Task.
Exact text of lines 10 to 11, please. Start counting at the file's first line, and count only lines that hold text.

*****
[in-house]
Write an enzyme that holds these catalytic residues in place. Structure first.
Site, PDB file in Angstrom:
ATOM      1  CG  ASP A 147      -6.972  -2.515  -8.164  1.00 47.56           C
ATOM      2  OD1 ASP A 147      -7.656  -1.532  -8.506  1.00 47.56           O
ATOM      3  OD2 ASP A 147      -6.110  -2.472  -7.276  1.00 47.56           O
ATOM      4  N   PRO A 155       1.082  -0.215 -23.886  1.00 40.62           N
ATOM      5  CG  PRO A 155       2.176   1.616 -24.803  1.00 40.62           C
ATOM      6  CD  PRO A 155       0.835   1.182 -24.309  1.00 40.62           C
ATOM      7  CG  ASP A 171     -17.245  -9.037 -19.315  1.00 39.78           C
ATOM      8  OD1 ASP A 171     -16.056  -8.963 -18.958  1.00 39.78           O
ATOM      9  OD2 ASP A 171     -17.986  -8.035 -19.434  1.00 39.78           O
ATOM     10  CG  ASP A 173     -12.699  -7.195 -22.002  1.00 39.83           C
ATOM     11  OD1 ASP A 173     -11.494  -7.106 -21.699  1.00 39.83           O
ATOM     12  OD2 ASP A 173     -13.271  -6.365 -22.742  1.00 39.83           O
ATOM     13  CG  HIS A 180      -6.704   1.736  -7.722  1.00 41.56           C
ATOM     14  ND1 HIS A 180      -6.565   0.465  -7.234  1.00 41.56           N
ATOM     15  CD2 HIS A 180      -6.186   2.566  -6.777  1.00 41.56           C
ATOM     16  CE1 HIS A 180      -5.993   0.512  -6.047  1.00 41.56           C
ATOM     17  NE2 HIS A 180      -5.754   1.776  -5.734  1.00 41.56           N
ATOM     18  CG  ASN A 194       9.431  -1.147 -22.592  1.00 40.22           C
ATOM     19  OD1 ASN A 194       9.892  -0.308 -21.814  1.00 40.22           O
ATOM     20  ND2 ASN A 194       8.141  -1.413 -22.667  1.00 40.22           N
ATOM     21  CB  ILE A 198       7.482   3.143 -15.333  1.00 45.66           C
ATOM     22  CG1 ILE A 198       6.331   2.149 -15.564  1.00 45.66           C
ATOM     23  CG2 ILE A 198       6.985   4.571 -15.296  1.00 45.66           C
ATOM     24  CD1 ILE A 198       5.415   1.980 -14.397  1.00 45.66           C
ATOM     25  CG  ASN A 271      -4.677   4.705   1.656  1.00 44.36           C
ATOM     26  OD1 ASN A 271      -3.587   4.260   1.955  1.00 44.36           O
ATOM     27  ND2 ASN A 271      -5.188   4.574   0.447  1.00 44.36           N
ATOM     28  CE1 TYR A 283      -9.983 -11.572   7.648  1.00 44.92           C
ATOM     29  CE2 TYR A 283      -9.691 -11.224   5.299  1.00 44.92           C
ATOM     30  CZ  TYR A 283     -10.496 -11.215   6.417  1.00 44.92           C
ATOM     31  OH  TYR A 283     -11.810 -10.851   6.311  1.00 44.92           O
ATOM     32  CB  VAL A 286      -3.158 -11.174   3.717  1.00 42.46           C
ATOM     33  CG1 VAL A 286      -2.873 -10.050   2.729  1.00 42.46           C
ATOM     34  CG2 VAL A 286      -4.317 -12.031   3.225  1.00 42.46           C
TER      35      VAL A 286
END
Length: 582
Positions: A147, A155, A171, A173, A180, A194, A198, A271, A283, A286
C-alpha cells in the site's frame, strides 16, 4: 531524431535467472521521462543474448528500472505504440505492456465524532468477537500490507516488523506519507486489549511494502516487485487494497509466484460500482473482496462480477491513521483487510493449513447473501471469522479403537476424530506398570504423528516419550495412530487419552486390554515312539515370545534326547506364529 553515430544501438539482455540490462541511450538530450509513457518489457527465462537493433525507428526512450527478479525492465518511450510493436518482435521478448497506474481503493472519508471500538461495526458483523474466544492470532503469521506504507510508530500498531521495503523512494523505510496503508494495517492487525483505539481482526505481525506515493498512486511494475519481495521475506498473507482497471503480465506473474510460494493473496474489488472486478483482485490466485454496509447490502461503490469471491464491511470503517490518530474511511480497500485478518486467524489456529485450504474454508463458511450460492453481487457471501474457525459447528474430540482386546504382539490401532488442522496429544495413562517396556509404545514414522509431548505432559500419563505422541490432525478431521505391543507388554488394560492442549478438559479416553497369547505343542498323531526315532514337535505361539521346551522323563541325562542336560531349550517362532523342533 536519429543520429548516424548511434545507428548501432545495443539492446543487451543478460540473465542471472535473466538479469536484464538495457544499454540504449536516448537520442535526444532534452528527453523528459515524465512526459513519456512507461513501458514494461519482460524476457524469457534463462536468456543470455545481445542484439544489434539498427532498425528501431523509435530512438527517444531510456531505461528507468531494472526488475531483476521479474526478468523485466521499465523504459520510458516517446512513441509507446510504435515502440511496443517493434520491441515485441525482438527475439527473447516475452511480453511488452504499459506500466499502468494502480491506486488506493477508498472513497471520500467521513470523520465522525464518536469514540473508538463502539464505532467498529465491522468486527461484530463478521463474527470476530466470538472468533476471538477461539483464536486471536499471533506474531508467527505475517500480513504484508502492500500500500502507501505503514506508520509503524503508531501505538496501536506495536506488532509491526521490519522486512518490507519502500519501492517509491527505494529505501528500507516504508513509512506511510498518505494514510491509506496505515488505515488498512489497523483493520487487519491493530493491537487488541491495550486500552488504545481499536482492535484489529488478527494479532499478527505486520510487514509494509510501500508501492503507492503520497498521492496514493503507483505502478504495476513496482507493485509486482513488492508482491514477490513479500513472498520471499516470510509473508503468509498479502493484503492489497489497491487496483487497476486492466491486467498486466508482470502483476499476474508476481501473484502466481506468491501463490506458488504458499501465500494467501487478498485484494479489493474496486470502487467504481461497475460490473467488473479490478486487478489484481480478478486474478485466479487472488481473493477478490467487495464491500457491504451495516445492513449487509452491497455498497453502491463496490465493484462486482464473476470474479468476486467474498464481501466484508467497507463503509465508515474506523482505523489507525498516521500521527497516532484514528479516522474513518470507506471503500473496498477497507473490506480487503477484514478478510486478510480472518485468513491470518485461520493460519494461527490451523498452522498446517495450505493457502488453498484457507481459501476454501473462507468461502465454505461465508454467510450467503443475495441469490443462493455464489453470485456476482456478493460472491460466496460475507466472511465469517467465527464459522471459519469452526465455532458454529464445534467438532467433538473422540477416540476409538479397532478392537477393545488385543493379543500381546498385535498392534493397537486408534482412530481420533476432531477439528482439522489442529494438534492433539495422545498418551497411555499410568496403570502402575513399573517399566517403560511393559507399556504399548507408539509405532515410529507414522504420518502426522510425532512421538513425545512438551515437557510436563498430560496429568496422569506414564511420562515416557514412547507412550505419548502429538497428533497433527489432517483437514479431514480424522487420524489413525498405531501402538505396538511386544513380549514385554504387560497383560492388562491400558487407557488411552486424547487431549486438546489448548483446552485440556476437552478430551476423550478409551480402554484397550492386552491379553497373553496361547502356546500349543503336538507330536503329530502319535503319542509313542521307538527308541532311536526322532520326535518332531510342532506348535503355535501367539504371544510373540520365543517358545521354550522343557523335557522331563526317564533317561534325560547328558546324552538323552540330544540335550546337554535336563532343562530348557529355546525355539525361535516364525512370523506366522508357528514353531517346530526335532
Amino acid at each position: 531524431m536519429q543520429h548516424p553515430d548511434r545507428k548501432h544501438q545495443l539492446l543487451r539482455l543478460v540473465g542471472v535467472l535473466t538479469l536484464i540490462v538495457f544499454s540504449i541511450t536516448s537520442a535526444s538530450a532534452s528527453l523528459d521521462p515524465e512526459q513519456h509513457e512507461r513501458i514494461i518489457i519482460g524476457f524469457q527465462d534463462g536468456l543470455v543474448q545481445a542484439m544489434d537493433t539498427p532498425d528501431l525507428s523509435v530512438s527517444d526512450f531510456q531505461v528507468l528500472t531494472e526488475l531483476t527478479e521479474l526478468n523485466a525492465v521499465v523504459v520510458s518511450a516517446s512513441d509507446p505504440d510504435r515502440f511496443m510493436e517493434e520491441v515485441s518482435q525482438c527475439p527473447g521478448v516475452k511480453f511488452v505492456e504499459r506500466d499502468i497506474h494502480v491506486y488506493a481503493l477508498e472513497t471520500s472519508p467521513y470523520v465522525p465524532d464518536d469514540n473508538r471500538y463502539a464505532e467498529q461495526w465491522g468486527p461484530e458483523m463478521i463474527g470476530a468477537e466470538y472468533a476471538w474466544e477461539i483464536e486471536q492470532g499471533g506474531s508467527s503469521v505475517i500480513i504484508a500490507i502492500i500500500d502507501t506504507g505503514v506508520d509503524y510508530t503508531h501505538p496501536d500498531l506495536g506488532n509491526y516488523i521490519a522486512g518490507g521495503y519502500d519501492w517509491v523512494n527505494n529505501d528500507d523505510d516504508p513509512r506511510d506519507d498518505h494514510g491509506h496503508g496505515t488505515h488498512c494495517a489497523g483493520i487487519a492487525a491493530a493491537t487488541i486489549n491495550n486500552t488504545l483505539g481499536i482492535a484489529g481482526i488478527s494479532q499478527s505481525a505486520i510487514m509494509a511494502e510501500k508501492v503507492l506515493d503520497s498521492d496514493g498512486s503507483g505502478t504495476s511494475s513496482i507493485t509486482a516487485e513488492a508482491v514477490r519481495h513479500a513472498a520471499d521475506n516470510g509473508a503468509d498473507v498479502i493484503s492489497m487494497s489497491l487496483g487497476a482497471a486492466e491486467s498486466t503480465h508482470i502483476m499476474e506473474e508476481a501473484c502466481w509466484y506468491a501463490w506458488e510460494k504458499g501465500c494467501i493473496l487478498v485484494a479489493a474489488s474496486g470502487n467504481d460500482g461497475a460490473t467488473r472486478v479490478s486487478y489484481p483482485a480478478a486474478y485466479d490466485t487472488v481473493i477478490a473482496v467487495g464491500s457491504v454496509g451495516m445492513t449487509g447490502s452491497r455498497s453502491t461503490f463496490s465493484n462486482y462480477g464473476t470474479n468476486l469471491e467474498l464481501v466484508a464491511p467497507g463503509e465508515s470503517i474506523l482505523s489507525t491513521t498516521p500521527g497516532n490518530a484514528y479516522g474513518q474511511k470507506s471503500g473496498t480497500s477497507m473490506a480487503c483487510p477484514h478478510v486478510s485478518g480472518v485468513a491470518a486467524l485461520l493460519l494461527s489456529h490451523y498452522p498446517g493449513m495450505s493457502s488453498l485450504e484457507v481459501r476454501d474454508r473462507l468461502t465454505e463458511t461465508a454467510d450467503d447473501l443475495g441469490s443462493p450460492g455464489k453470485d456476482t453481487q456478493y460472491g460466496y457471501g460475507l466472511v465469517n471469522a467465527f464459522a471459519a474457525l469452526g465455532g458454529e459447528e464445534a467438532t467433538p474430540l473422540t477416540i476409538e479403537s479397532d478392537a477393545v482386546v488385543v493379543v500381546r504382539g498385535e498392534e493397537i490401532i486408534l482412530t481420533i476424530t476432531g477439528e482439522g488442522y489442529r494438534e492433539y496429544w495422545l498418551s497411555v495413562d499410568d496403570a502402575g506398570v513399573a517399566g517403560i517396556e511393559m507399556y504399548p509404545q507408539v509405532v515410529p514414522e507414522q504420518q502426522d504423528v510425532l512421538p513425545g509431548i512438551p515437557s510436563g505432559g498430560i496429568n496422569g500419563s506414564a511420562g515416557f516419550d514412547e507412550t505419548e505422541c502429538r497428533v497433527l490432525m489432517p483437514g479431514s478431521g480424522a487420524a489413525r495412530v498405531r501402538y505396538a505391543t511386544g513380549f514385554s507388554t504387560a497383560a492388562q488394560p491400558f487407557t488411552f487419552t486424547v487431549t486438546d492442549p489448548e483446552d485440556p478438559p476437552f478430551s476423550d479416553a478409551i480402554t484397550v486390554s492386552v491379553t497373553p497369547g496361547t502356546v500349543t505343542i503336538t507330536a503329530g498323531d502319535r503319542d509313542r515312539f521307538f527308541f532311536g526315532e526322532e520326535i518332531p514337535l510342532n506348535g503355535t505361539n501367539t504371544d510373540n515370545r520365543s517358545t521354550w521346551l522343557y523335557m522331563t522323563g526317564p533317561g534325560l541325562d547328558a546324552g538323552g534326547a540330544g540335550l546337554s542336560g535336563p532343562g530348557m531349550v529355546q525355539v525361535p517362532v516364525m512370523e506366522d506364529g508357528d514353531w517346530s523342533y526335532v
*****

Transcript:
ATOM      7  CG  ASP A 171     -17.245  -9.037 -19.315  1.00 39.78           C
ATOM      8  OD1 ASP A 171     -16.056  -8.963 -18.958  1.00 39.78           O